Sebago-Ossippee Maine biophysical regionThe Sebago-Ossipee Hills & Plains Biophysical Region is part of the Eastern Broadleaf Forest Province and the Lower New England Ecoregion Section. There are 3 Forest Provinces, 6 Ecoregion Sections, and 19 Biophysical Regions in Maine.


Province: Eastern Broadleaf Forest

The Eastern Broadleaf Forest Province has a continental-type climate of cold winters and warm summers. Annual precipitation is greater during summer, water deficits infrequent. Topography is variable, ranging from plains to low hills of low relief along Atlantic coast. Interior areas are high hills to semi-mountainous, parts of which were glaciated. Vegetation is characterized by tall, cold-deciduous broadleaf forests that have a high proportion of mesophytic species.


Ecoregion Section: Lower New England

The Lower New England Section has a landscape combination of broad, hilly plateaus with features including a basin, plain, and ridge. Bedrock geology is varied and complex, consisting of sedimentary, igneous, and metamorphic rocks. Forest vegetation includes oak-hickory, white-red-jack pine, maple-beech-birch, and aspen-birch cover types.


Biophysical Region: Sebago Ossipee Hills & Plains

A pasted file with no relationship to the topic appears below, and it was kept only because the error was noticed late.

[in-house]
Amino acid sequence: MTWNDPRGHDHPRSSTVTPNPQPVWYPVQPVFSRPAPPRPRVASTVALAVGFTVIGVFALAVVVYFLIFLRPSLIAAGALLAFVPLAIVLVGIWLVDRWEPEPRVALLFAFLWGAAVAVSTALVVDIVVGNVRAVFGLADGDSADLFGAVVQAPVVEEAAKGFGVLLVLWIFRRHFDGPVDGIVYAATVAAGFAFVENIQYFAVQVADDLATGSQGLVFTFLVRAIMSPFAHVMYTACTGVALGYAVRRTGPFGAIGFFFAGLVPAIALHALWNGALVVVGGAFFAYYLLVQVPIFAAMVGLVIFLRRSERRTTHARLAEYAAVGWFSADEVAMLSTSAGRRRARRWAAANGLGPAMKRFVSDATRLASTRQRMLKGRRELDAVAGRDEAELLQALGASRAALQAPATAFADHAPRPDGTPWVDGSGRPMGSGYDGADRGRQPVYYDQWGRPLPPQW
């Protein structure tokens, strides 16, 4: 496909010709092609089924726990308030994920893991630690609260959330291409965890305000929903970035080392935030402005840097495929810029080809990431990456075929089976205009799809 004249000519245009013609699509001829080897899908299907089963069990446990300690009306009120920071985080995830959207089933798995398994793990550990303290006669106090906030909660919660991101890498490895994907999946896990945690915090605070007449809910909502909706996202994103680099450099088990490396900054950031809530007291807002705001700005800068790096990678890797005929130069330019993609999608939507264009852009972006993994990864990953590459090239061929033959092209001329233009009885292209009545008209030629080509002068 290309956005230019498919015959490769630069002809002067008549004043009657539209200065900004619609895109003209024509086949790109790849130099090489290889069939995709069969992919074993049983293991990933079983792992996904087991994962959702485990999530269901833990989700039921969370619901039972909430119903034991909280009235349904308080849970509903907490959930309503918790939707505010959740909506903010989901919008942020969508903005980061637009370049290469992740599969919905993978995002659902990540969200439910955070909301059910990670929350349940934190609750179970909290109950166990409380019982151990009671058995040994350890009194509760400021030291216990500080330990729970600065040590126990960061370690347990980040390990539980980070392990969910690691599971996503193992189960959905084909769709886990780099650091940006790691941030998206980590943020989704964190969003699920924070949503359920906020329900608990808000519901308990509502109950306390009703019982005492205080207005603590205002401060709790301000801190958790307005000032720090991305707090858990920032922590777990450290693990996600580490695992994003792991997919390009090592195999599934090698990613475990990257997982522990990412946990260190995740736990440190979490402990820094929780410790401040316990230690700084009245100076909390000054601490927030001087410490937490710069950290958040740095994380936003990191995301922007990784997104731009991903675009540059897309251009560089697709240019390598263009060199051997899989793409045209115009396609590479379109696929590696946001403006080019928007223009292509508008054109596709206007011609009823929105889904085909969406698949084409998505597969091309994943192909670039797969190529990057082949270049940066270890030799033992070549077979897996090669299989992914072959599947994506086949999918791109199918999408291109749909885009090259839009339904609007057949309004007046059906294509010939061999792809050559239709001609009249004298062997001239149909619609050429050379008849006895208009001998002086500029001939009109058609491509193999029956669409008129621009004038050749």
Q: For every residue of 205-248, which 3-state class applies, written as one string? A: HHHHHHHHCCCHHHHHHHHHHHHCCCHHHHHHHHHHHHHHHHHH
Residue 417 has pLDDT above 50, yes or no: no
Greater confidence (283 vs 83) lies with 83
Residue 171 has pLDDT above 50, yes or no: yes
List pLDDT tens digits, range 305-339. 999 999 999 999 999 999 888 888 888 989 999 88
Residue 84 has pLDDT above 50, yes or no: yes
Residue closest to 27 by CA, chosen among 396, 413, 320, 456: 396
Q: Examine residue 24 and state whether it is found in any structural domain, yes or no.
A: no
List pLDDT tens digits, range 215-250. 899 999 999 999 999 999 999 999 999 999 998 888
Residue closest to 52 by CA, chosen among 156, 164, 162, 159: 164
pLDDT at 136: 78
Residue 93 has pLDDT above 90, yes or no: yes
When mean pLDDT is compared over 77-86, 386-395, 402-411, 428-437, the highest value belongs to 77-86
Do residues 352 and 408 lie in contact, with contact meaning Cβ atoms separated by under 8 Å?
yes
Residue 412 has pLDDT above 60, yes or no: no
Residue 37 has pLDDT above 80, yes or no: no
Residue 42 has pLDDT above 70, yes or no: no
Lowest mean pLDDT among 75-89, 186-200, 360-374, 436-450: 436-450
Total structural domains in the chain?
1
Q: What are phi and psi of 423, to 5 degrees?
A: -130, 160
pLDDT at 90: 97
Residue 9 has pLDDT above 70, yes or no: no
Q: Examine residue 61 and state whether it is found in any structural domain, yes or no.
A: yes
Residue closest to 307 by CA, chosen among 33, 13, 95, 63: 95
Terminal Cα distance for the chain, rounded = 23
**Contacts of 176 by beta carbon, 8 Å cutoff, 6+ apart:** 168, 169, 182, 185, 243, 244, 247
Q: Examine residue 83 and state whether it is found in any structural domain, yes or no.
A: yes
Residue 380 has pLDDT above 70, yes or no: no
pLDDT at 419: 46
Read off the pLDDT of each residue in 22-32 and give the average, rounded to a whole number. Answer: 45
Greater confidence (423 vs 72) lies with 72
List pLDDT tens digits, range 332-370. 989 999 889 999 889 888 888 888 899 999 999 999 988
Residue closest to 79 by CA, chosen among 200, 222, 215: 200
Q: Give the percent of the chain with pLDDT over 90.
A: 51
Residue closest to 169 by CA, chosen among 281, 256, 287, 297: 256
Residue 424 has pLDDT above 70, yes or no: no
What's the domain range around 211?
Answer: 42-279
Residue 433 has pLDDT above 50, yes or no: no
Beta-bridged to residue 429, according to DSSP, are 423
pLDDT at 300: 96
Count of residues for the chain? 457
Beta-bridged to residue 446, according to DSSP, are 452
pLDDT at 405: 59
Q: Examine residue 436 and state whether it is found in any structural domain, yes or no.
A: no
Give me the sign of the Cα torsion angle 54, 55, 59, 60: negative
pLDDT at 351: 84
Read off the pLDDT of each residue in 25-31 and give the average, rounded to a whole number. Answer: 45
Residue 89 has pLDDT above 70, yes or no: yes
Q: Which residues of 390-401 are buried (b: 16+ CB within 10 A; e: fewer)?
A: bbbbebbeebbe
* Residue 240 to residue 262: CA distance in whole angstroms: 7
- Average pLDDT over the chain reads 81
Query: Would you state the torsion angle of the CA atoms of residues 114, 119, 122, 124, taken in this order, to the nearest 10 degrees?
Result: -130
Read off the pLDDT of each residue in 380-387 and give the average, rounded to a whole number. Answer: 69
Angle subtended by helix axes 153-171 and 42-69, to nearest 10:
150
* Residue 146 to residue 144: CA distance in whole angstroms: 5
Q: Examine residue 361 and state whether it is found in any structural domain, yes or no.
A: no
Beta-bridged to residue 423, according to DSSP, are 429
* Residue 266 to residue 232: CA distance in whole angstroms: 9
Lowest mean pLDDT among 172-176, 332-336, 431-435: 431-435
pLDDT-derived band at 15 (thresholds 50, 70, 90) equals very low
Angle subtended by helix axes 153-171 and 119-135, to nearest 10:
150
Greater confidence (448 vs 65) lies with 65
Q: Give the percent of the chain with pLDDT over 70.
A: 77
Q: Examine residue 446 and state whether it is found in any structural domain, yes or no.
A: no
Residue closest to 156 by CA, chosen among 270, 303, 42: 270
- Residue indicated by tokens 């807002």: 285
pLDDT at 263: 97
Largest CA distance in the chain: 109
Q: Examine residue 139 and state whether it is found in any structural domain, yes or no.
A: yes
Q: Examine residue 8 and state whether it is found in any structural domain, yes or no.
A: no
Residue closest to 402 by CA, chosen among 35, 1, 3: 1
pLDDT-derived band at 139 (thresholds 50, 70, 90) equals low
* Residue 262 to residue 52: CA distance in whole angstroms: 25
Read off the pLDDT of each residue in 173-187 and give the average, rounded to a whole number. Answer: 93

The Sebago-Ossipee Hills & Plains Biophysical Region has a forested percentage of 83%. 46% of those acres are in the maple-beech-birch cover type.

The top three tree species in this region (based on the stocking of live trees per average forested acre) are:

  1. Red Maple (46 trees per acre)
  2. Eastern Hemlock (32 trees per acre)
  3. Eastern White Pine (29 trees per acre)

This graph shows major tree species/species groups, live tree stocking (trees/acre), and how much they contribute to the overall stocking for the Sebago-Ossipee Hills & Plains Biophysical Region:

Sebago Ossipee Hills and Plains Biophysical Region hardwood and softwood trees* All data are based on the Maine Forest Inventory & Analysis, 2015 (United States Department of Agriculture, Forest Service)

Check out the other 2 bioregions in the Eastern Broadleaf Forest Province and the Lower New England Ecoregion Section:


To learn more about Maine’s Biophysical Regions, download this comprehensive document from Maine Natural Areas Program (2014):